TRIPOLI: The trial of Moammar Gadhafi’s son Seif al-Islam may be delayed so as to include testimony that may be obtained from the country’s former spy chief, a government official said Thursday.
Government officials said in August that Seif al-Islam’s trial on war crimes charges – the most high-profile prosecution of a figure from his late father’s entourage to date – was due to begin in September.
But the arrest Wednesday of Abdullah Senoussi, the former spy chief known as “Gadhafi’s black box,” appears to have pushed that date back, postponing a trial that a lawyer from the International Criminal Court (ICC) has already predicted is unlikely to be fair.
Senoussi was handed over to Libya by Mauritanian authorities Wednesday after being captured in March, triggering a tug of war between Libya, France and the ICC for his extradition.
“We expect the trial of Seif al-Islam to be delayed a little because Abdullah Senoussi will be able to provide new information that can be used in Seif’s trial,” Taha Ba’ara, a spokesman for the prosecutor general’s office, told Reuters Thursday.
Libya’s new rulers, who aim to draw up a democratic constitution, are keen to try Gadhafi’s family members and loyalists at home to reassure the country’s citizens that those who helped Gadhafi stay in power for 42 years are being punished.
Seif al-Islam will have to respond to charges that include financial corruption, murder and rape, according to a statement from Justice Minister Ali Ashour in April.
The charges, which he denies, relate to crimes he allegedly committed during the NATO-backed revolt that toppled his father last year.
Ba’ara said a government delegation including the Libyan army’s chief-of-staff, the finance minister, and a member of the prosecutor general’s office had travelled to Nouakchott, the capital of Mauritania, to escort Senoussi back home.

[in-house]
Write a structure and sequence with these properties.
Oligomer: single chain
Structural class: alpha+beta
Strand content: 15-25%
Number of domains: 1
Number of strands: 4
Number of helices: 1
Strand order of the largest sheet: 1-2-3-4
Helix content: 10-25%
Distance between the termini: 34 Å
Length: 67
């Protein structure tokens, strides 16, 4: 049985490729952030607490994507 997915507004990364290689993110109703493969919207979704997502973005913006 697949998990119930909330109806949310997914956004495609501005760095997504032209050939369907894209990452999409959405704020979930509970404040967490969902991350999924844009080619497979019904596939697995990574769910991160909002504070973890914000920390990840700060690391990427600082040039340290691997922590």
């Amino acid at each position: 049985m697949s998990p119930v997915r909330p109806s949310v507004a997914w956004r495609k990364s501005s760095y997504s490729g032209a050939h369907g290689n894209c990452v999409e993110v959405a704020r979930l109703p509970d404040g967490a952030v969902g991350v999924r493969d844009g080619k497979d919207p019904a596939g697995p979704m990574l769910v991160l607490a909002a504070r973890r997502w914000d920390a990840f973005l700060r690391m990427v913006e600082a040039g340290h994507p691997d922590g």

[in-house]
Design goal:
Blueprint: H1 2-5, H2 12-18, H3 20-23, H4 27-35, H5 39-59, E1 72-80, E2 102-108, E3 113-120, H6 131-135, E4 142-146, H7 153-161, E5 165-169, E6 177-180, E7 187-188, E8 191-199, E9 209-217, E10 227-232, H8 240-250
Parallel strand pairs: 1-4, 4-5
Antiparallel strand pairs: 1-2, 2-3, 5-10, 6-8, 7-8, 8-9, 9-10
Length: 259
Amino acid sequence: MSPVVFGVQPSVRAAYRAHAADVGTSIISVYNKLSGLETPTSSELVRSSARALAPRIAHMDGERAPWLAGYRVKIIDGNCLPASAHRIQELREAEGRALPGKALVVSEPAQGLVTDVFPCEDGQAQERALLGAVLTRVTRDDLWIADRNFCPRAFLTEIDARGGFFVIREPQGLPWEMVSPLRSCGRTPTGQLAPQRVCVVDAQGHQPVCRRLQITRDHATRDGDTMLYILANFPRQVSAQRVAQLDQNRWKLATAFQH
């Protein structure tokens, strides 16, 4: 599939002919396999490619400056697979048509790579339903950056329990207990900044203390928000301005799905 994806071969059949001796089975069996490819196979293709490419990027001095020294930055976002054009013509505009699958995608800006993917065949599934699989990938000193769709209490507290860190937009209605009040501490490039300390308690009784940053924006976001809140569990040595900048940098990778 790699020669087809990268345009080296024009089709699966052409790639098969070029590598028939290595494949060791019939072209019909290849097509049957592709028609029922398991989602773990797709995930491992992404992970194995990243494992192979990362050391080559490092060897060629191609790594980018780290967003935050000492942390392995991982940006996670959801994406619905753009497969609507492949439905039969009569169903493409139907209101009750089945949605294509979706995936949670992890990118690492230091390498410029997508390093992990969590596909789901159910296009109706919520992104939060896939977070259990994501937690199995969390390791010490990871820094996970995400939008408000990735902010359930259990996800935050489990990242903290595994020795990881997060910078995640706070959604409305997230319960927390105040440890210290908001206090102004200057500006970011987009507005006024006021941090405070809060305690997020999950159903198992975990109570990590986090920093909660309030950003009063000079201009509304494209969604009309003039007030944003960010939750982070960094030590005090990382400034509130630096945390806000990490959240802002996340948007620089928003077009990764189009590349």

Libya was set to question Senoussi Thursday, as the U.S. and rights groups urged that he receive a fair trial.
Human rights activists worry that a weak central government and a relative lack of rule of law mean that legal proceedings – both for Senoussi and for Seif al-Islam – will not meet international standards.
Rights groups Wednesday called on Libya’s government to hand over Senussi to the ICC where an arrest warrant for him remains in force.
In July, a war crimes lawyer who was detained in Libya for three weeks on spying allegations said her experience had shown it was impossible for Seif al-Islam to get a fair trial in his home country.
Senoussi’s daughter said Thursday his family was taken by surprise by his extradition after Mauritania assured them that it would not happen.
“We were with my dad when he was called at 7 a.m. for an important meeting which turned out to be his handover to Libya,” Senussi’s eldest daughter Anud Abdullah al-Senussi told private radio station Radio Nouakchott Info.
“I strongly regret Mauritania’s decision and wish to express my disappointment at my father’s extradition, because the authorities, including the president of the republic, assured us that he would not be extradited,” she said in Arabic.
The 21-year-old said they had been told of the decision “so we could at least say goodbye.”
She said Senussi had been living in a “prison villa” in a northern suburb of the Mauritanian capital where he had been “well treated but deprived of all exterior contact except his family.”
Despite pressure from Libya for Nouakchott to extradite him, President Mohamed Ould Abdel Aziz had in August ruled out the handover, saying Senussi must answer to his crimes in Mauritania.